“The world has changed very quickly in the last 25 years, particularly in the last 12 years,” says Lisa Simon, a “gofer” during the first season and now a producer-director with seven of “Sesame Street’s” 51 Emmys to her credit. “For children, it’s much harder than it used to be. They’re faced with the world at a very early age, and need things to help them through that process.”


To that end, “Sesame Street” has dealt with such issues as love, marriage, family, sibling rivalry, adoption and discrimination (“It’s not easy being green”). It even dealt, in the program’s most poignant moment, with the theme of death, prompted by the passing in 1983 of Will Lee, who had played Mr. Hooper since the first season.

Lovelace says the “Mr. Hooper’s Death” show was put through rigorous testing before it went on the air, a process that a planned segment on divorce failed to clear two years ago. Lovelace says that program, about the breakup of the parents of popular Muppet Snuffleupagus, was scrapped after research showed that children were frightened by it.

“They didn’t understand what we were trying to say about arguing,” Lovelace says. “They were not clear that Snuffy would be taken care of. They were confused about whether he and Big Bird would still be friends. It was disappointing after all we went through not to use it, but we don’t want to put anything on the air that will disturb children.”

Research reigns at “Sesame Street.” The show’s format is built around specific curriculum goals--100 pages worth today, compared to four pages in 1969--and those are blueprints for the writers, producers and directors to follow. And it’s clear that input from other sources is also weighed.


The show’s early lickety-split pace has slowed over the years, partly in response to complaints from teachers and child-learning experts that the show was reinforcing short attention spans. And despite its leading-edge reputation, everyone involved in the show acknowledges that its experimental range is limited by the varied tastes of its broad audience.

“We get a lot of mail about all issues,” says Simon. “A lot of people who don’t like rock-and-roll songs, which we do a lot of. People think that’s damaging. When we get mail on a film piece that people think has frightened their kids or is dangerous, we take it seriously.”

A letter from a woman with experience with child abuse accelerated a major change in the lives of Big Bird and his once imaginary friend Snuffy. The woman wrote that one of the problems abused children have in asking for help is the fear they won’t be believed.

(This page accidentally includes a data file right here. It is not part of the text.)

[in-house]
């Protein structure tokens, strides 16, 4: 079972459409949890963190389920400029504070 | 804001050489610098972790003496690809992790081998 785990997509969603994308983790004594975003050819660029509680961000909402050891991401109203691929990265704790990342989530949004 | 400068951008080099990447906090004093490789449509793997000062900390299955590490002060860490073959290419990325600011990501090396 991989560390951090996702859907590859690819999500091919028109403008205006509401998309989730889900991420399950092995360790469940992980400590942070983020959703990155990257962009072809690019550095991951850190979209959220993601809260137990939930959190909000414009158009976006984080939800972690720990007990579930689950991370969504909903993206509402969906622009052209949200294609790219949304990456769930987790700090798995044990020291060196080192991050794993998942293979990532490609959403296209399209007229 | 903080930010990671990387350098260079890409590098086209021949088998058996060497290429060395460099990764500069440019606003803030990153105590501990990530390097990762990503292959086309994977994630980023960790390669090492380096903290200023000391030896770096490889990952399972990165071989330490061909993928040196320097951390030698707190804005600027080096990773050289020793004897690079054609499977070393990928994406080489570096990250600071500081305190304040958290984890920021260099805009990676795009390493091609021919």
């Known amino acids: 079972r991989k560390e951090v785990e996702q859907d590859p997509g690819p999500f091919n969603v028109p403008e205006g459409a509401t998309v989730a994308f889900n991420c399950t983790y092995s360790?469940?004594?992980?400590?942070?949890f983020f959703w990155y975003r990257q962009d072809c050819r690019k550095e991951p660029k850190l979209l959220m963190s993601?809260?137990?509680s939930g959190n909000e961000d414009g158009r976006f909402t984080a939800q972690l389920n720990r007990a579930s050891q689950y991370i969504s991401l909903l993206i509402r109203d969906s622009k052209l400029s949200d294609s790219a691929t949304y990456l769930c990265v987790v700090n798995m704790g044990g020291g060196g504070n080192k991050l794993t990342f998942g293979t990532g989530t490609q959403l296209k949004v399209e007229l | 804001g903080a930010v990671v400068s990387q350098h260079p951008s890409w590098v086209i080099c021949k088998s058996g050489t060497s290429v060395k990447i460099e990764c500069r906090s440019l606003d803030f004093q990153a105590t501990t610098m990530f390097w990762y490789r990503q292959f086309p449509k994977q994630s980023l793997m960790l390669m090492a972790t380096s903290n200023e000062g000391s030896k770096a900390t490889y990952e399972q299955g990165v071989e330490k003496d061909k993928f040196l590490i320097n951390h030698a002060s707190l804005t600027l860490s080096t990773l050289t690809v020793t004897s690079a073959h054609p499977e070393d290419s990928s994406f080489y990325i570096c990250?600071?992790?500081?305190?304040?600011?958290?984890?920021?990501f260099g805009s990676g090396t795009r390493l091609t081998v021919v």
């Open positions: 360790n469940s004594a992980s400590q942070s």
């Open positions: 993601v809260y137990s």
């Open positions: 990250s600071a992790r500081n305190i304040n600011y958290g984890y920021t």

“Kids do have imaginary friends, but somehow the focus had shifted a little bit,” says Simon. “It got to be that the grown-ups weren’t taking Big Bird seriously. After we got that letter, we made Snuffy real, for everybody to see.”


It’s this kind of social sensitivity that Loman says keeps the staff working at its feverish, one-and-a-half shows per day pace, that keeps the research team and writers on their toes, and keeps celebrities lining up on the guest list.

“Everybody wants to be on ‘Sesame Street,’ ” says Loman, who came to the show from a career in sitcoms (“All in the Family,” “The Cosby Show”). “People feel they’re doing something important when they’re on this show, and they are. The hardest thing for me to get used to here is that there is nobody who doesn’t return my calls.”

Early guests for the 25th season include Hillary Rodham Clinton, who offers hints for good health on Monday, and poet Maya Angelou, who sings a song of self-esteem on Thanksgiving Day. The show has had major guests over the years, but none got the staff as worked up as the First Lady, whose arrival was preceded by Secret Service agents and bomb-sniffing dogs.

“Her bit is about a minute-and-a-half and she seemed to enjoy herself,” says Simon, who directed the First Lady. “Most people enjoy themselves when they’re on ‘Sesame Street.’ ”


Hillary Rodham Clinton was on the set less than two hours, Simon says, but it took awhile after she left for things to return to normal.

Some of the Secret Service guys came back to get their pictures taken with Big Bird.

New episodes of “Sesame Street” air weekdays at 8 a.m. on KPBS, 10 a.m. on KCET and 3:30 p.m. on KVCR.